Media hornet's nest only one of many problems for messed-up Jets
An increasingly ugly relationship with the media is a problem, but it's all relative for the mess that is the New York Jets.
The New York Jets have at least one more opponent than the rest of the teams in the NFL this season. And if the pen is indeed mightier than the sword, then I don't fancy their chances at prevailing, at least not anytime soon.
If this latest Jets' melodrama, the one with Mark Sanchez suffering a relatively minor shoulder injury behind the second-string offensive line last week, is illuminating of anything, it's that the friction between the people who cover it couldn't be much more overt. It's gone way beyond business there. This war seems decidedly personal.
And, if it keeps up, there won't be any winners.
This was already set up to be a long, if not lost, season for the organization, the franchise jammed awkwardly into a quasi-transitional phase with owner Woody Johnson mandating any new general manager retain Rex Ryan as head coach, and a series of poor contracts mandating that players like Sanchez and Santonio Holmes, who would otherwise be gone, remain on the roster. Oh yeah, and the new GM also was instructed that he best trade the team's premier player, Darrelle Revis, ASAP because he wouldn't be getting a hefty new deal with the Jets when his contract expired after this season.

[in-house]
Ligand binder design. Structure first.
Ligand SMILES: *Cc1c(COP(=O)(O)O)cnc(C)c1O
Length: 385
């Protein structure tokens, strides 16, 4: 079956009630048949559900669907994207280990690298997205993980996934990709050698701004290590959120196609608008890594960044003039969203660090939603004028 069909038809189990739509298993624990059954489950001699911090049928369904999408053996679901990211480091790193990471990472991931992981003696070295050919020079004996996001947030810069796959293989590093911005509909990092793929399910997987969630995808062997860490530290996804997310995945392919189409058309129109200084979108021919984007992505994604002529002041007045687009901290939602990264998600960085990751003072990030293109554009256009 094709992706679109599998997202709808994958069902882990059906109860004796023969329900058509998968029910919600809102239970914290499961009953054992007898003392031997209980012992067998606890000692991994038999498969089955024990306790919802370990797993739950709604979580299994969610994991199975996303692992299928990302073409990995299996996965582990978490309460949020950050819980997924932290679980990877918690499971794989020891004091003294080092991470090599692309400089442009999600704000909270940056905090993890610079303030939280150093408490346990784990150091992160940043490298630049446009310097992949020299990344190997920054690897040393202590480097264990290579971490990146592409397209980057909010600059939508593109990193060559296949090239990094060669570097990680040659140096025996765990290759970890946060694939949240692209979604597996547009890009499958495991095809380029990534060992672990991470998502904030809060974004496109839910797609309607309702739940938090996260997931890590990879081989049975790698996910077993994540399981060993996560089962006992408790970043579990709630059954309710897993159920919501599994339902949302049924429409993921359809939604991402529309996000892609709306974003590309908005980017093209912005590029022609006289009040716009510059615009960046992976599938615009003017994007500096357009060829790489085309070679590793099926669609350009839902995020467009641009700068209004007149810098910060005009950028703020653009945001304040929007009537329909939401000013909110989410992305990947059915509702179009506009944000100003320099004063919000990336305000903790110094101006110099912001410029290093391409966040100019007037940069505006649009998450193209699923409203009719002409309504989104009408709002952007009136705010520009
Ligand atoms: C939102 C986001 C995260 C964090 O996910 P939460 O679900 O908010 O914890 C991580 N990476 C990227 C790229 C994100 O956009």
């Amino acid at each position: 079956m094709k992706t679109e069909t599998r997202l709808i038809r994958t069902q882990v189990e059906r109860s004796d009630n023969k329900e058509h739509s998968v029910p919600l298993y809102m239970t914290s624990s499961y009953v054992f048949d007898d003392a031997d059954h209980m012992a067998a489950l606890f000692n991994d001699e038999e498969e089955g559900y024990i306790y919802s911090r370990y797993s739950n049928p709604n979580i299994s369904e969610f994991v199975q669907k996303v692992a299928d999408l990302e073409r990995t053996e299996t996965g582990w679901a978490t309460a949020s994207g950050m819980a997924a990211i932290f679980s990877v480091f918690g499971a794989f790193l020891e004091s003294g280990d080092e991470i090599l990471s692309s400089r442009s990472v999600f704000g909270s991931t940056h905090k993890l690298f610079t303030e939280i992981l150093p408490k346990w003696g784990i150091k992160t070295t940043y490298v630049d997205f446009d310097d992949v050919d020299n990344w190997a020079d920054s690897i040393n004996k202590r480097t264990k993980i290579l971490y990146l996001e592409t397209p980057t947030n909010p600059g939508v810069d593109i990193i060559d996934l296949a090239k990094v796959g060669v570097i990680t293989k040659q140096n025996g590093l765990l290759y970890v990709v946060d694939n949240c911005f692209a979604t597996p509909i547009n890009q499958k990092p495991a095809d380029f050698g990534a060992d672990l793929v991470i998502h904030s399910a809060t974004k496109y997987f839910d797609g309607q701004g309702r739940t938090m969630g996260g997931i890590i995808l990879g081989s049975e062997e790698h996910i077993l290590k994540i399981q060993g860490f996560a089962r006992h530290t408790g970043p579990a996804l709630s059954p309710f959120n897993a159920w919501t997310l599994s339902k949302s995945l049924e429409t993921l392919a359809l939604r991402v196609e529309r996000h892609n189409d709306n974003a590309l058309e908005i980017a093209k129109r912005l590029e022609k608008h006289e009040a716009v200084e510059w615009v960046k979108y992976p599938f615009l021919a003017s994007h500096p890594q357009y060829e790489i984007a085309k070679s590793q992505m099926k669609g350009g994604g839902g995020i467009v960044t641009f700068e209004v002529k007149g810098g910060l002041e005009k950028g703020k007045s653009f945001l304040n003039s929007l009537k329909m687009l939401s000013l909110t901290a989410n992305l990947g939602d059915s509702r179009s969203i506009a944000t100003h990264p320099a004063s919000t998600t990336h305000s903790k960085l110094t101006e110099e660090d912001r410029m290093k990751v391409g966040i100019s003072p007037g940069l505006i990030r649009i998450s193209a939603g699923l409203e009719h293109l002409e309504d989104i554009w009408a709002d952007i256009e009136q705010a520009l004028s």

Throw in the fact that new general manager John Idzik has rid this building of many of its most willing off-the-record sources, and that Idzik has yet to endear himself to a media corps seemingly hostile to his very arrival, and you have a bona fide tabloid fight on your hands, with New Jersey Gov. Chris Christie now involved and chaos still the norm for Gang Green.
But, please, spare me the faux outrage over Sanchez, the same guy everyone wanted to run out of town after the butt fumble last season, if not sooner. The guy who is only there because of the guaranteed money tied to his contract. The guy who was being ridiculed for his propensity to continue throwing mind-numbing interceptions just a week ago in this very preseason.
That's the quarterback who is supposed to be under bubble wrap? Really? It's an affront to great quarterbacks everywhere and the football gods to put Sanchez behind a back-up offensive line in the third pre-season game as the staff continues to evaluate the position with rookie Geno Smith just back from injury himself? Because somebody was going to have to take those snaps, and the Jets season -- imperiled before they ever gathered for the start of camp -- is now doomed by Sanchez absorbing a tough blow?
The fact that it was Sanchez, and not, say, Greg McElroy, who appeared to have beaten him out for the job however briefly last season, is some seismic event, I suppose. Guess I missed that memo. Maybe it was only distributed in the MetLife Stadium press box.